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With many celebrations, family gatherings, travel and delicious not-so-healthy food around you, the holiday season is extra challenging for healthy eating and portion control. So, it is no surprise that the average American gains 1 to 5 pounds over the holiday season and usually keeps it.

However, allowing yourself to enjoy your favorite foods is also healthy and a part of mindful eating. Therefore, instead of restraining yourself, practice these five tips for mindful eating during the holiday season:

1. Find Balance by incorporating Food Swaps

An easy way to enjoy your holiday favorites without compromising your well-being is to swap some ingredients or find creative ways to reimagine a holiday recipe. Let’s say you want to enjoy a warm pie, choose pumpkin pie instead of pecan pie! Pumpkin pie averages 300 calories per slice while pecan pie packs in about 500 calories. Plus, since pumpkin is the star ingredient, it is higher in vitamin A which is important for eye health. By choosing the healthier alternative you can still enjoy a sweet dessert while getting vitamins as well.

Here are some other quick swap ideas:

  • Greek yogurt instead of sour cream, mayo or heavy cream.
  • Oat milk eggnog instead of whole milk or heavy cream eggnog.
  • Cauliflower mash instead of mashed potatoes.
  • Veggie-based stuffing instead of bread stuffing.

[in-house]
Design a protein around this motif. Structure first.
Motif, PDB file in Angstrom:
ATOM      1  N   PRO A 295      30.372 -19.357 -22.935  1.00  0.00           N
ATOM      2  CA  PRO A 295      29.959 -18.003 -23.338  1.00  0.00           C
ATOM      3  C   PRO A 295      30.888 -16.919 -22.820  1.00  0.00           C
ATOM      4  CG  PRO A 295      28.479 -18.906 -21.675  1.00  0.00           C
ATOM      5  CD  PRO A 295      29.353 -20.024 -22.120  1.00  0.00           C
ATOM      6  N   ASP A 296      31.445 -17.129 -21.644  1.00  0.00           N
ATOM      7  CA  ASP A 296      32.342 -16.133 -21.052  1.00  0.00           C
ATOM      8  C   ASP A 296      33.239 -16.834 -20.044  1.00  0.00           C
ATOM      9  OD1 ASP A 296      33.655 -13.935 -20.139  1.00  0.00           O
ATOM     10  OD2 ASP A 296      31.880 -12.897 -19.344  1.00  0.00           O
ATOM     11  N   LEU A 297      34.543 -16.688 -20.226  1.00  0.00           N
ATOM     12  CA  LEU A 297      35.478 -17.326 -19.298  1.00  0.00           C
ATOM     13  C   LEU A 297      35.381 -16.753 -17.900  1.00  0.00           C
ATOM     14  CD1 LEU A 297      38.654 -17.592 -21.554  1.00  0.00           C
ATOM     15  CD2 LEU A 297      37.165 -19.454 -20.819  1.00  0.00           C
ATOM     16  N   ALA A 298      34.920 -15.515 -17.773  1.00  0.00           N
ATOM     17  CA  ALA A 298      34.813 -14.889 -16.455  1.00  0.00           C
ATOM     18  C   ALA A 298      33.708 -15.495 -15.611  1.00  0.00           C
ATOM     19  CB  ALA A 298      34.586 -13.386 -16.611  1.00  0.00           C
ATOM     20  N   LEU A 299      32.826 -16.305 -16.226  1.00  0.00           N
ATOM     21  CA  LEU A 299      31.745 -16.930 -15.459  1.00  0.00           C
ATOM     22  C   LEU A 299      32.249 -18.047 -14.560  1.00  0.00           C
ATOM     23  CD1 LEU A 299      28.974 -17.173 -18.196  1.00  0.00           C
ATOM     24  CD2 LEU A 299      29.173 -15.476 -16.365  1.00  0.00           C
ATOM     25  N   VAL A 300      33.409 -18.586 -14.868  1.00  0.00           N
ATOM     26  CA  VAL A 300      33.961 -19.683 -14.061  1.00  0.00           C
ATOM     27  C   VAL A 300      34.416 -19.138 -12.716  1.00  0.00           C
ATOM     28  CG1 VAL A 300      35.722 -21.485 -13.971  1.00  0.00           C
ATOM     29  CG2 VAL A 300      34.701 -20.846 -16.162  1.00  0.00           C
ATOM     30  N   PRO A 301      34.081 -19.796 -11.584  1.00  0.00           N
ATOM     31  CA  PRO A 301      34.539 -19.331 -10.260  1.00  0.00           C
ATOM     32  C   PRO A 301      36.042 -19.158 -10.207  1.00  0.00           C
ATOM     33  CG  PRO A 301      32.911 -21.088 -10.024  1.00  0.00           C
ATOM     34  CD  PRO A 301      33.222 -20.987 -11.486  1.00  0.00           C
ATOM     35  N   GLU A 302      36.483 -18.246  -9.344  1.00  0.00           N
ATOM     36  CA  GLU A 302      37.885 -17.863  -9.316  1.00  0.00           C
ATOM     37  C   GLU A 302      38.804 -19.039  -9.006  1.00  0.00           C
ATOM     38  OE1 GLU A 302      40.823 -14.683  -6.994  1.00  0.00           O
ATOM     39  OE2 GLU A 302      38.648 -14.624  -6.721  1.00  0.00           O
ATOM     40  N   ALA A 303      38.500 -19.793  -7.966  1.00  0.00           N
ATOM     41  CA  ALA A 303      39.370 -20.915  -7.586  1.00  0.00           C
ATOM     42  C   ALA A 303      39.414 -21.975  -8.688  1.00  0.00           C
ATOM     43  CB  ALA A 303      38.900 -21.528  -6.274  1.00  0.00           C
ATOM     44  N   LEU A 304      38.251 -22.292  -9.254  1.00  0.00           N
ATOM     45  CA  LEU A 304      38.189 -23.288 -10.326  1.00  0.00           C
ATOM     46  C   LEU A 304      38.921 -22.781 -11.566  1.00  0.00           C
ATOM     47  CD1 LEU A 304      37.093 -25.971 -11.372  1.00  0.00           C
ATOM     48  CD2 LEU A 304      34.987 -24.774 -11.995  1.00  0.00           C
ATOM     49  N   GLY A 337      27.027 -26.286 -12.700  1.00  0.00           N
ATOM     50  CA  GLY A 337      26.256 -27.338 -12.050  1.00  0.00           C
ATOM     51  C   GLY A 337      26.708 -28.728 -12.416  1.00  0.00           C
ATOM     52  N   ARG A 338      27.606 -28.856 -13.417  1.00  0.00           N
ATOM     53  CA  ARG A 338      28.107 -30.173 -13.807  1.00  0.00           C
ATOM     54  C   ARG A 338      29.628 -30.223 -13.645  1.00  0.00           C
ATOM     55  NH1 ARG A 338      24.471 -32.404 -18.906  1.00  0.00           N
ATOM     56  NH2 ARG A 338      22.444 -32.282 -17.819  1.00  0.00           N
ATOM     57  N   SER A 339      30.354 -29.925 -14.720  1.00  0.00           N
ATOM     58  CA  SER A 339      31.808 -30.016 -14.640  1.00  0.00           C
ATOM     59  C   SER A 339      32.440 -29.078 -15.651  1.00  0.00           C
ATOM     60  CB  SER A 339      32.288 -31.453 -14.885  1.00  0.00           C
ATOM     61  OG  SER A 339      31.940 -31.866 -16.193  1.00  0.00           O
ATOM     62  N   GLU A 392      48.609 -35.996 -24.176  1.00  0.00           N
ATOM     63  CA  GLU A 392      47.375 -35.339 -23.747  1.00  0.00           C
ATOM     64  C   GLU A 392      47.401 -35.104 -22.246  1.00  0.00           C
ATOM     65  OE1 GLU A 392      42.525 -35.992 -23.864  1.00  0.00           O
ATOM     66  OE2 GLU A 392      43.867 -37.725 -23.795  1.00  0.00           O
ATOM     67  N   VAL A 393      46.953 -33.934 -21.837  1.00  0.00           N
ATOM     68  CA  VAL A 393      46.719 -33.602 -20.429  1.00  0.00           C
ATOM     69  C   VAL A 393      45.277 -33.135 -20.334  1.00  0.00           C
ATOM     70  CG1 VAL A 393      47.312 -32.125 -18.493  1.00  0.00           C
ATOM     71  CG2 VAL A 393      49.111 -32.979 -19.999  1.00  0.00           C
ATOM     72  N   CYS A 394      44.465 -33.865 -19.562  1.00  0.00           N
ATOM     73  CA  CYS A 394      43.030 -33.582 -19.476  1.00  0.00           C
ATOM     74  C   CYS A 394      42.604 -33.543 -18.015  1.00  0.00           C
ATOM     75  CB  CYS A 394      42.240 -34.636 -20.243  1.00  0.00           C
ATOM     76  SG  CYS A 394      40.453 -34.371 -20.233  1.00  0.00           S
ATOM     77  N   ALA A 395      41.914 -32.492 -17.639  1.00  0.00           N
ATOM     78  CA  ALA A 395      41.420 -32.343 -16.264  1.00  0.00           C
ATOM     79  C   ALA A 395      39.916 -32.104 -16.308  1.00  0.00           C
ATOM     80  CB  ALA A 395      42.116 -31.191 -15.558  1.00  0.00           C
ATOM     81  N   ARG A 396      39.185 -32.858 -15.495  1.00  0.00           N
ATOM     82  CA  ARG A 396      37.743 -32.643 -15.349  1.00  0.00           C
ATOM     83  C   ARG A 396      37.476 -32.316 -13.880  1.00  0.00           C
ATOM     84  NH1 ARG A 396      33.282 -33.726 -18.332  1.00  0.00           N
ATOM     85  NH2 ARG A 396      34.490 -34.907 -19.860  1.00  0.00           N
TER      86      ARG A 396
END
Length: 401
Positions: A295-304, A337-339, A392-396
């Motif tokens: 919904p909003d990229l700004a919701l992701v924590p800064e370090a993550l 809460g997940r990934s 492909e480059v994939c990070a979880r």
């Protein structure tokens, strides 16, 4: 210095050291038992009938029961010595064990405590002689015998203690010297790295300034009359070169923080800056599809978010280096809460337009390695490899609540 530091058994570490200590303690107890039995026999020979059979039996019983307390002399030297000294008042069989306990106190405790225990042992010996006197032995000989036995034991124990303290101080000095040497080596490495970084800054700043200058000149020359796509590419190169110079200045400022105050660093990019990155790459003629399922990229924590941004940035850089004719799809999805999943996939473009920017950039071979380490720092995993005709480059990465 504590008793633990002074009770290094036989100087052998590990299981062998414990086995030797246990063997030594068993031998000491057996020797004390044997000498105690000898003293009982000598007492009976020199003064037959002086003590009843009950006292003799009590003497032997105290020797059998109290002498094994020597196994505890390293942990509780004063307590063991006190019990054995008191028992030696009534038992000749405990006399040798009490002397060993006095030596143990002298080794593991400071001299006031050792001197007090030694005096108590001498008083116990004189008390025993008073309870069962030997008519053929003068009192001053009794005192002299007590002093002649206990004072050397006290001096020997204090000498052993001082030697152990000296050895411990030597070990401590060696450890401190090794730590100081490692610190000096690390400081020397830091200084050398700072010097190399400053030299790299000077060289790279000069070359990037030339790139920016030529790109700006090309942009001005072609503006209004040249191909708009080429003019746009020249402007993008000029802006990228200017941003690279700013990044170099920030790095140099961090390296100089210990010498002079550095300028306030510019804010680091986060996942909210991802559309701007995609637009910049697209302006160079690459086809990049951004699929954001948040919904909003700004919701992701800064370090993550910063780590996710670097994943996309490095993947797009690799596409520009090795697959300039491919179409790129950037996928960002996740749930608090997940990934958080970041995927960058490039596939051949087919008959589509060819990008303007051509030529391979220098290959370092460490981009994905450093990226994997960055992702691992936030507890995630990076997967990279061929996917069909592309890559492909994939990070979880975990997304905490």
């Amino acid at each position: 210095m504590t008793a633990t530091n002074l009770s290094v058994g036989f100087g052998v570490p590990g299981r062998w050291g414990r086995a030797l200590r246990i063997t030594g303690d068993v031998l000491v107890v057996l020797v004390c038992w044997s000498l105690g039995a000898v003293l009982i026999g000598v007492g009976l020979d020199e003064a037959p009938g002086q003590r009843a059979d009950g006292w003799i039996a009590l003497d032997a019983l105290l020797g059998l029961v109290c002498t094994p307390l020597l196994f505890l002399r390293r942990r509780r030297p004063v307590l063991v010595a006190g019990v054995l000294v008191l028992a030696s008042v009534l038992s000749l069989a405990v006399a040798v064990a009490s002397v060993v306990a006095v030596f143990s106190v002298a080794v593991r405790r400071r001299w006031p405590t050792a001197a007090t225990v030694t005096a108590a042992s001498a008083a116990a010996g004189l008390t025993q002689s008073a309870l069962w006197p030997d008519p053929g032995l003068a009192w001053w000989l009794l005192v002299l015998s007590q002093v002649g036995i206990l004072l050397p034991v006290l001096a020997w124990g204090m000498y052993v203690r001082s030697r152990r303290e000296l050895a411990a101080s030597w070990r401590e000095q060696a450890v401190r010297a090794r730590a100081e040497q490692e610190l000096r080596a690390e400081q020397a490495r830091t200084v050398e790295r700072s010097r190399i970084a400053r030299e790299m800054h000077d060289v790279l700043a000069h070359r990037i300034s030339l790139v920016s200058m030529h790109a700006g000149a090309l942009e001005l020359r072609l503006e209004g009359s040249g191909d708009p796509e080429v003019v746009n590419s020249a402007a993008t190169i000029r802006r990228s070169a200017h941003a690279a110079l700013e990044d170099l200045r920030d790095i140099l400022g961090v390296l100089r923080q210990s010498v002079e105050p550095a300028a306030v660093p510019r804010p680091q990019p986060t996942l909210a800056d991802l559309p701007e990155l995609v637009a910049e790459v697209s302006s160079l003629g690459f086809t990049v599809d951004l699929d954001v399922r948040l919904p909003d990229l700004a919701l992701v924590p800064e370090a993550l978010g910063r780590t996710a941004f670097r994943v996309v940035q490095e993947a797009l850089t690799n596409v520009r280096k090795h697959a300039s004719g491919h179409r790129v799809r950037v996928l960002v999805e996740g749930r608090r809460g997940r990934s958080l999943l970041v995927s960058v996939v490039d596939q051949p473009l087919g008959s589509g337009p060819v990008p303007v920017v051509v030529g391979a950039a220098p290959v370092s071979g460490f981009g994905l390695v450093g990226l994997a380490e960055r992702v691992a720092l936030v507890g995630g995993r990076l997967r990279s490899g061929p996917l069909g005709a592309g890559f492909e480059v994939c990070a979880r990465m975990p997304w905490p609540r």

2. Fit in Your Favorites

According to the CDC, incorporating your favorite food into your eating plan is a small but effective step you can take to maintain your normal healthy eating habits after the holidays. There are dishes you really love and can’t get any other time of year, so make a good choice and pick a few you could just not live without. Just be mindful, slow down and savor a small serving - enjoy it!

3. Take a Break Before Second Servings

An article by Harvard Health Publishing states that it takes a few minutes for the brain to receive the “I’m full signal” from the stomach. That is why it is recommended to take at least 10 minutes before getting a second round of food to really know if you are still hungry. You might realize you are full or want only a small portion of seconds.

4. Don’t Skip Meals

Often people think that if they are going to indulge in a big meal for dinner, they should skip breakfast or lunch to “save calories”, but this could actually trigger mindless eating and overeating.

Instead, choose to eat a more balanced breakfast or lunch to continue to have the healthy habits you have practiced throughout the year.

5. Be Kind to Yourself

Although mindful eating can be a helpful tool during the holiday season and throughout life, you will not always be able to practice it 100 percent of the time — and it’s okay! This season is all about gratitude and kindness, so try to apply this to yourself too. Don’t beat yourself up when you’re eating that dessert that a loved one made. If you feel like you indulge a little too much, it is okay. Get back to healthy eating for your next meal.

We hope you enjoy this holiday season with your loved ones and everything that comes with it!

Posted on December 18, 2023